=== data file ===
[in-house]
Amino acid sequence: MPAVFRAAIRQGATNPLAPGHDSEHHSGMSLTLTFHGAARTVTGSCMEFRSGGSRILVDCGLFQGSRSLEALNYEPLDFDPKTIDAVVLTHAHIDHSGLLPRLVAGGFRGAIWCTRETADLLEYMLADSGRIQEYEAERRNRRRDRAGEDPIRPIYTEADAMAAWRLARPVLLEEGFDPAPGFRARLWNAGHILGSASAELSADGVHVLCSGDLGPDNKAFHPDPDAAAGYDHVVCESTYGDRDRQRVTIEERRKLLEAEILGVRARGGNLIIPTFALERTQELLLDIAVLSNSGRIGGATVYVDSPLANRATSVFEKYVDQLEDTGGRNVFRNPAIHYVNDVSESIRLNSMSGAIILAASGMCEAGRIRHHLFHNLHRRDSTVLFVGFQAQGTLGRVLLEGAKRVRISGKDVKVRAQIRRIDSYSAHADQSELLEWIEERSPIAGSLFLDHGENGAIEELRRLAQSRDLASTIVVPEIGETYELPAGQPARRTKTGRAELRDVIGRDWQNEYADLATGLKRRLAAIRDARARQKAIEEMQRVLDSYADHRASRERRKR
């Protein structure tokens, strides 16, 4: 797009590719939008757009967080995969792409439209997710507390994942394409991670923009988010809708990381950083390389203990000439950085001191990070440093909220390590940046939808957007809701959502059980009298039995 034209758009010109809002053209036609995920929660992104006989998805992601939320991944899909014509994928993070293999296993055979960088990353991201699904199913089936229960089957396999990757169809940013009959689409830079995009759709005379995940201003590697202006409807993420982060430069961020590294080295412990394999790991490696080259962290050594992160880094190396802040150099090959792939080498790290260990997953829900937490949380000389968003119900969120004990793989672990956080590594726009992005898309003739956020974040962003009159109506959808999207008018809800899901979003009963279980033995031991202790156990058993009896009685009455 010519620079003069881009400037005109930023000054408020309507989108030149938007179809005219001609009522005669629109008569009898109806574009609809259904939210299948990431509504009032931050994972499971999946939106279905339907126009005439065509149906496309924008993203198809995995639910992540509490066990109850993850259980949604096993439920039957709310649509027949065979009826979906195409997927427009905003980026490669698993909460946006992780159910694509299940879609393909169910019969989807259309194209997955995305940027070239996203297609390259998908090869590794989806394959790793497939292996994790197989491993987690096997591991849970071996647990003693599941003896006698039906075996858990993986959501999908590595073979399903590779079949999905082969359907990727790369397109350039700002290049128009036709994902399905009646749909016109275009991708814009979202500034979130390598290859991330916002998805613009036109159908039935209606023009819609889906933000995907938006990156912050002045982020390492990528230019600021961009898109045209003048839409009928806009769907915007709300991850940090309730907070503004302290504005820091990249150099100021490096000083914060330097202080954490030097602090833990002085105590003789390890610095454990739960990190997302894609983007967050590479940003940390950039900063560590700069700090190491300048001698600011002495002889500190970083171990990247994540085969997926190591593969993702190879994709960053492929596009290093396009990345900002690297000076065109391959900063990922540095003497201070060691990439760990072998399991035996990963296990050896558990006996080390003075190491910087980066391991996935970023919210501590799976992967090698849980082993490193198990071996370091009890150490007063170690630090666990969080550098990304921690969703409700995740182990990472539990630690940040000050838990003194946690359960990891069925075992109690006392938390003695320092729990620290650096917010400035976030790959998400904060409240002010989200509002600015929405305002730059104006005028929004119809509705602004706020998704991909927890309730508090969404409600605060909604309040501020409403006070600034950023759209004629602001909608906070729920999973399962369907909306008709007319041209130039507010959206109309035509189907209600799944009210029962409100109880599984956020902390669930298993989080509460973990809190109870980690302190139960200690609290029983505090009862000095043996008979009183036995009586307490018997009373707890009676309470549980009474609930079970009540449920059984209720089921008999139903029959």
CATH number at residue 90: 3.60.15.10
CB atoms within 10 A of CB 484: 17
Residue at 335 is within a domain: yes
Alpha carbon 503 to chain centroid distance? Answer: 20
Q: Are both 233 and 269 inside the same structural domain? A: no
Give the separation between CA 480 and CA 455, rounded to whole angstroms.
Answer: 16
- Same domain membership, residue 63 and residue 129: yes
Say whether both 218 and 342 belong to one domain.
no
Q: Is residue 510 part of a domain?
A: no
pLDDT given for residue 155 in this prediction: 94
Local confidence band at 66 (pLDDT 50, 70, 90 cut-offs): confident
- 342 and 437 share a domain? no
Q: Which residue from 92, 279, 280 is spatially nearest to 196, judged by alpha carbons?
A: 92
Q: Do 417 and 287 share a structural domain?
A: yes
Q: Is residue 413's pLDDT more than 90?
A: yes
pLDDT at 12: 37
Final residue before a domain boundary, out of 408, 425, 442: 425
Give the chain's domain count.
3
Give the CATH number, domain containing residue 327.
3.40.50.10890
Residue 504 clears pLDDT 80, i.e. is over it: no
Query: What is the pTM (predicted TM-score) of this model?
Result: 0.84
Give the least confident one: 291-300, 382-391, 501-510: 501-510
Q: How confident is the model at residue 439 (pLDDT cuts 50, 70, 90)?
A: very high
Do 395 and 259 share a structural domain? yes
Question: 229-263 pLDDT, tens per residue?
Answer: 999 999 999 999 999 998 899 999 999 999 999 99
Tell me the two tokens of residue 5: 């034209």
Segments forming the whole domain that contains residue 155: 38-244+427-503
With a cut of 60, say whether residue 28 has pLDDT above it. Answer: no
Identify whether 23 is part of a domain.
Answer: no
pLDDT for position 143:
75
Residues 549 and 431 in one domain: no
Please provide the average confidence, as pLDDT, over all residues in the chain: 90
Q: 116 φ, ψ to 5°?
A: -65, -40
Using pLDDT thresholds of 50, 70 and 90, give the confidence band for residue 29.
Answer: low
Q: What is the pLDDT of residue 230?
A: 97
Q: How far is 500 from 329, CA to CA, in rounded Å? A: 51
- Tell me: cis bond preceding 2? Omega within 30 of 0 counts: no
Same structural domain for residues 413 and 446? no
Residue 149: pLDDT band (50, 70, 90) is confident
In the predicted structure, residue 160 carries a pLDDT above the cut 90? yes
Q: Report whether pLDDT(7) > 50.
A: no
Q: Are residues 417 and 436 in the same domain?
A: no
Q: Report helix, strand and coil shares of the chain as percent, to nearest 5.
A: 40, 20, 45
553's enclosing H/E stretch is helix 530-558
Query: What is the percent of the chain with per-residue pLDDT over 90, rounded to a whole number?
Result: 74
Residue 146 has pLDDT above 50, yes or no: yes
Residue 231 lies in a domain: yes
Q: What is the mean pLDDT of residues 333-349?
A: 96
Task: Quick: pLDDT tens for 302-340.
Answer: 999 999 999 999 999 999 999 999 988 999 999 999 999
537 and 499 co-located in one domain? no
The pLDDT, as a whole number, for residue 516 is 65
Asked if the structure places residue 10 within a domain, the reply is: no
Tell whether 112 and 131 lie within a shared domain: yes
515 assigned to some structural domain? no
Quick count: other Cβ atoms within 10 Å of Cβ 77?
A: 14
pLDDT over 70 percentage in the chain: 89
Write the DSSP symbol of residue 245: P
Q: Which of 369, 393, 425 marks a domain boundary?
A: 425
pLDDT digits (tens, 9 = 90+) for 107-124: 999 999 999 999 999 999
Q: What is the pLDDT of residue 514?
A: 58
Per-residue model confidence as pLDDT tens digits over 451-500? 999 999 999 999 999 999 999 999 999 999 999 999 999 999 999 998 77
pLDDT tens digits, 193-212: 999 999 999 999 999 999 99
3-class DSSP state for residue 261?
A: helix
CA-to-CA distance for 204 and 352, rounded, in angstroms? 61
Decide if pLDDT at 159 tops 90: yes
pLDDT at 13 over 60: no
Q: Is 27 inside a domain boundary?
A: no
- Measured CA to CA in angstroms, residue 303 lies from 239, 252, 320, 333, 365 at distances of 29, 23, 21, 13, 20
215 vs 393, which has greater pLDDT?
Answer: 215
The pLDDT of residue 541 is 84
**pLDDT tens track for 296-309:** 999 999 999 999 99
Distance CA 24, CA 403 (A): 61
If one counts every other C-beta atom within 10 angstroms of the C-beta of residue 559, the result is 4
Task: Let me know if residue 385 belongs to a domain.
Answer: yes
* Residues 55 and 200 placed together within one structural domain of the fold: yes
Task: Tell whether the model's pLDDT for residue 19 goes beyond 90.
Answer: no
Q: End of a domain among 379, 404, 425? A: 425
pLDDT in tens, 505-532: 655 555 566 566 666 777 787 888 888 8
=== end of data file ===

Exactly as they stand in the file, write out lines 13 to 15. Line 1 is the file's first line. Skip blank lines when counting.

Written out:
no
Q: Is residue 510 part of a domain?
A: no